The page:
WHEREAS, the white nationalist and neo-Nazi message of racial and social intolerance has led to senseless acts of violence that continue to terrorize members of ethnic and religious communities; Now, therefore, be it

RESOLVED, that we strongly denounce and oppose the totalitarian impulses, violence, xenophobic biases, and bigoted ideologies that are promoted by white nationalists and neo-Nazis; and be it further

RESOLVED, that we urge law enforcement agencies and elected officials at every level of government to condemn white nationalist and neo-Nazi ideology, to vigorously pursue justice in response to hate-fueled violence and work to ensure the protection of the marginalized and targeted communities.

RESOLVED, that copies of this resolution be transmitted to the Mayor of Charlottesville, Governor of Virginia and President of the United States.

Information from Mayor Walsh and BPD Advisory re Events on Saturday, August 19

“Free Speech” Rally at the Boston Common: 20-100 participants expected

-The rally has been permitted to take place between 12:00-2:00pm.
-The rally will be located at the Bandstand on Boston Common.
-The area of the rally will be barricaded with steel barriers and monitored by police officers.
-Banned items for demonstrators on both sides: bats, sticks, and backpacks.
-Police will have a “zero-tolerance policy” for any actions deemed dangerous and will result in removal from the event.

Counter Protest March and Rally: 1-5000 or more participants expected

-The march will begin at the Reggie Lewis Center in Roxbury. The gathering begins at 10:00am and the procession should depart around 11:00am.
-The march will proceed down Tremont Street and onto Charles Street where participants will enter Boston Common through the gate on Charles Street (where Boston Common Parking Garage is.)
-BPD will guide the route with motorcycles, cars, bicycle units, and Officers on foot. The vehicles will block cross streets while participants march through.
-The participants of the march will then rally in the large open area to the left of where they enter (Corner of Beacon and Charles.)
-Banned items for demonstrators on both sides: bats, sticks, and backpacks.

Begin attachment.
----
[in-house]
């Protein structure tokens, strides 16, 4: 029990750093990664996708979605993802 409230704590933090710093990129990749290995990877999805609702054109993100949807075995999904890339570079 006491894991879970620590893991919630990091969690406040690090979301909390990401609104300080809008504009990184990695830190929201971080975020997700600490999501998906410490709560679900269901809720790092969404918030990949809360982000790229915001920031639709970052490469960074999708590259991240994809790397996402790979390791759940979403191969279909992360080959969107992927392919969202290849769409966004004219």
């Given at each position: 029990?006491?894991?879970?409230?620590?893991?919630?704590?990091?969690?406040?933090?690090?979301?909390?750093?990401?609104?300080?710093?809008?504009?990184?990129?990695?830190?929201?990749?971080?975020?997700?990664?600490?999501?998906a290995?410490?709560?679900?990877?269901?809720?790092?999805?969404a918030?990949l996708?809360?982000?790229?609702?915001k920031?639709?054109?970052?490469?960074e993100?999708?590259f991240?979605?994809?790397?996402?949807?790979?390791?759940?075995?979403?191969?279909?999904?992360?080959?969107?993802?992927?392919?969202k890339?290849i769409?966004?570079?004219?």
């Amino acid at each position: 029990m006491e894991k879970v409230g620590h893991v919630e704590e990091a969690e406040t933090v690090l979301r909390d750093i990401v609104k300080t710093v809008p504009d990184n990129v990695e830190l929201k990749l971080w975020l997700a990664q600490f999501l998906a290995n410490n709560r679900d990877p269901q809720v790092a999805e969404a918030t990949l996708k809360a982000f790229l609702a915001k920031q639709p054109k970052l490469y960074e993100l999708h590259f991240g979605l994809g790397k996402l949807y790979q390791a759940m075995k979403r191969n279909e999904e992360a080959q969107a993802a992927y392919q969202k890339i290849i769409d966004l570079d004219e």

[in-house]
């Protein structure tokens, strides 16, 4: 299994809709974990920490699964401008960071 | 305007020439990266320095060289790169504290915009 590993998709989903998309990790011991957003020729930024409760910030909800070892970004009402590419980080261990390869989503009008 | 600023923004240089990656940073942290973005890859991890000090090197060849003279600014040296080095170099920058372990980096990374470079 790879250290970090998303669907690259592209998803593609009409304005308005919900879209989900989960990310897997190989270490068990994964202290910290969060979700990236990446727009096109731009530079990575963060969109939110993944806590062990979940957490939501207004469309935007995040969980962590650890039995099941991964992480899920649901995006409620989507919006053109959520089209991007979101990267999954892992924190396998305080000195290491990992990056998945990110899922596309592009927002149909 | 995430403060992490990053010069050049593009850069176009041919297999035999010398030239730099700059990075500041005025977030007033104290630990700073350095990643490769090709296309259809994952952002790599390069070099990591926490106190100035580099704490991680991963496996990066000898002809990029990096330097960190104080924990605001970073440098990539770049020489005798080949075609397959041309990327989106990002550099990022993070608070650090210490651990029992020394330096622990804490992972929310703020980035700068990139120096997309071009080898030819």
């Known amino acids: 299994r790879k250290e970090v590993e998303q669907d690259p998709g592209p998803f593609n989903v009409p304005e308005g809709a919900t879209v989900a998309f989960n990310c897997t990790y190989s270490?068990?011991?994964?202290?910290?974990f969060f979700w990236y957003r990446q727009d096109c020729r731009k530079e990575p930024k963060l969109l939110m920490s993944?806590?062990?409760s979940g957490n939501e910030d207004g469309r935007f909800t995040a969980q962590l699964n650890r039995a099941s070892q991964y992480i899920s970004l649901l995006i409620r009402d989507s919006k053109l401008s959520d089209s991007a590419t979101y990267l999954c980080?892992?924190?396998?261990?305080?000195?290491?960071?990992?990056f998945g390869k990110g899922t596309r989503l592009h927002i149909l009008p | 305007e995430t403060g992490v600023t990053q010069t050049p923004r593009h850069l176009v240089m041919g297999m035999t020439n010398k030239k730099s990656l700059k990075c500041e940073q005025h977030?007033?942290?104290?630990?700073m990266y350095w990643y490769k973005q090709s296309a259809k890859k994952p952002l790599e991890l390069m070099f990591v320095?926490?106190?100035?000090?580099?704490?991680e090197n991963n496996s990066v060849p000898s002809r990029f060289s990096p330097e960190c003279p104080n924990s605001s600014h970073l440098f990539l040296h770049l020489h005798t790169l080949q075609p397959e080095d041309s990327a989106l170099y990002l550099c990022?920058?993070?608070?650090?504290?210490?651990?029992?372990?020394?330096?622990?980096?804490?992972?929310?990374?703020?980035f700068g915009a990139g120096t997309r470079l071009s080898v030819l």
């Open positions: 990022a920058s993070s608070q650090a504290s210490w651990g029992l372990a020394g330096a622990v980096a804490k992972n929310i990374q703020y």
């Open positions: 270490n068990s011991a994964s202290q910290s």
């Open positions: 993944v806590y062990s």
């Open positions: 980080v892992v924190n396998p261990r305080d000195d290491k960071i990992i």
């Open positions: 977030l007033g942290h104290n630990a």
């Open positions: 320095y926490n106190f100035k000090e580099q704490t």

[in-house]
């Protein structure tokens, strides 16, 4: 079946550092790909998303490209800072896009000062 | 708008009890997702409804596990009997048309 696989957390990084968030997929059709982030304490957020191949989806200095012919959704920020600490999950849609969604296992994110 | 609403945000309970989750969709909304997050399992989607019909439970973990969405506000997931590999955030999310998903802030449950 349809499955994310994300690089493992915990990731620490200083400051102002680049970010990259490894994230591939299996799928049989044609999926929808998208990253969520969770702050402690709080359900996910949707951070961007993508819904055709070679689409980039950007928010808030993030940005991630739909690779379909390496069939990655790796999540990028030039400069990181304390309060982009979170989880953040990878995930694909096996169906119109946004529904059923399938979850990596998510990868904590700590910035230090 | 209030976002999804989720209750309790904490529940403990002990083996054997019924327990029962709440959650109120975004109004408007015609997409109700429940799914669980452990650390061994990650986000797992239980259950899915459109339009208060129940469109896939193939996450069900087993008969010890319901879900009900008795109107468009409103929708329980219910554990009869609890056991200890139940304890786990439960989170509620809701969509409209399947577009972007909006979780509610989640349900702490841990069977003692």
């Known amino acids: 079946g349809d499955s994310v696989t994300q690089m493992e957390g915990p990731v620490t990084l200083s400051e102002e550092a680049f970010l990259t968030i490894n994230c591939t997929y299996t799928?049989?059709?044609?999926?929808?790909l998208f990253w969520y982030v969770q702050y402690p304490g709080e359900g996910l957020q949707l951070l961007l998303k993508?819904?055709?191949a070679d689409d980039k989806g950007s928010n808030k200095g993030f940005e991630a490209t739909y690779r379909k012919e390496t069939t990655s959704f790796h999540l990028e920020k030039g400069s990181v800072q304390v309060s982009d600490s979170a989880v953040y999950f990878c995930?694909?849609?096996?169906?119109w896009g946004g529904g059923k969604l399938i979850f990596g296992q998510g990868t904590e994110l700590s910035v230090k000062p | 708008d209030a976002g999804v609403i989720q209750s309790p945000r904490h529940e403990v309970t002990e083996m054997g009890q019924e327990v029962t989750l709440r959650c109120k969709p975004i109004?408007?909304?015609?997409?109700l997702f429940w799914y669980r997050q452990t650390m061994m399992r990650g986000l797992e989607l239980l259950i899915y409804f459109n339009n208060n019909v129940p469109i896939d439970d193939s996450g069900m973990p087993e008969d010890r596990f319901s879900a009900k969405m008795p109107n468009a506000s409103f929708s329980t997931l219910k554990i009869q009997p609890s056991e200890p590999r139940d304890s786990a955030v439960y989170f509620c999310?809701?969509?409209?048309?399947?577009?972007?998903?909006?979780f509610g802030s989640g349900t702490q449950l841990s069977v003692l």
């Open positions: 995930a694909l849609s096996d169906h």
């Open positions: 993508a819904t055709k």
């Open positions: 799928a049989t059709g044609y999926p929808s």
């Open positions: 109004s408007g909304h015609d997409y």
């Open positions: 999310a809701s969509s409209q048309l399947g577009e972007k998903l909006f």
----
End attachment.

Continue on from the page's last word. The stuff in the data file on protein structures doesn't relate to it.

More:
-Police will have a “zero-tolerance policy” for any actions deemed dangerous and will result in removal from the event.

BPD Community Advisory for Events Scheduled for Saturday, August 19, 2017 on the Boston Common

On Saturday, August 19, 2017, the Boston Police Department anticipates large crowds to gather in the Boston Common and participate in a march along a predetermined route beginning at the Reggie Lewis Center and ending in the Boston Common. The Department has been and continues to be in contact with event organizers from several groups and is working with them to ensure a safe and peaceful day. The Department has a comprehensive operational plan in place. While details of the plan are not for public release, people can expect a large police presence of both uniformed and undercover officers. The Department will be deploying fixed video cameras and mobile video support teams to assist with keeping the event safe for all who attend.

Parking in and around the Boston Common will be prohibited. Signs have been posted, “No Stopping Boston Police Special Event” on effected roadways. Due to increased public safety concerns, if you plan on visiting the Boston Common on Saturday August 19, 2017 it is strongly recommended that you do not bring backpacks, large bags or strollers. If you do choose to bring these items, they may be subject to search and there will be no storage area designated to leave your belongings.In order to provide a safe and peaceful environment, the Boston Police Department has determined certain items be prohibited from the Boston Common.

Please see the list of prohibited items below:
• Firearms, knives, weapons, sharp objects, shields or fireworks
• Pop up tents or canopies
• Cans, glass containers, pre-mixed beverages or alcoholic beverages
• Wagons or pull carts
• Coolers
• Drones
• Pets (excluding certified service animals)
• Grills, propane tanks or open flames
• Bicycles
• Flag poles, bats, clubs, sticks (including signs attached to sticks)
• Any athletic equipment or other item which could be used as a weapon

The Boston Police Department expects all who will be attending events on the Boston Common to act respectfully and responsibly. The Department intends to provide a safe and peaceful opportunity for people to exercise their Constitutional rights. Violence or property damage of any kind will not be tolerated. Anyone engaging in illegal behavior is subject to arrest and prosecution to the fullest extent of the law.

See also Globe Story here.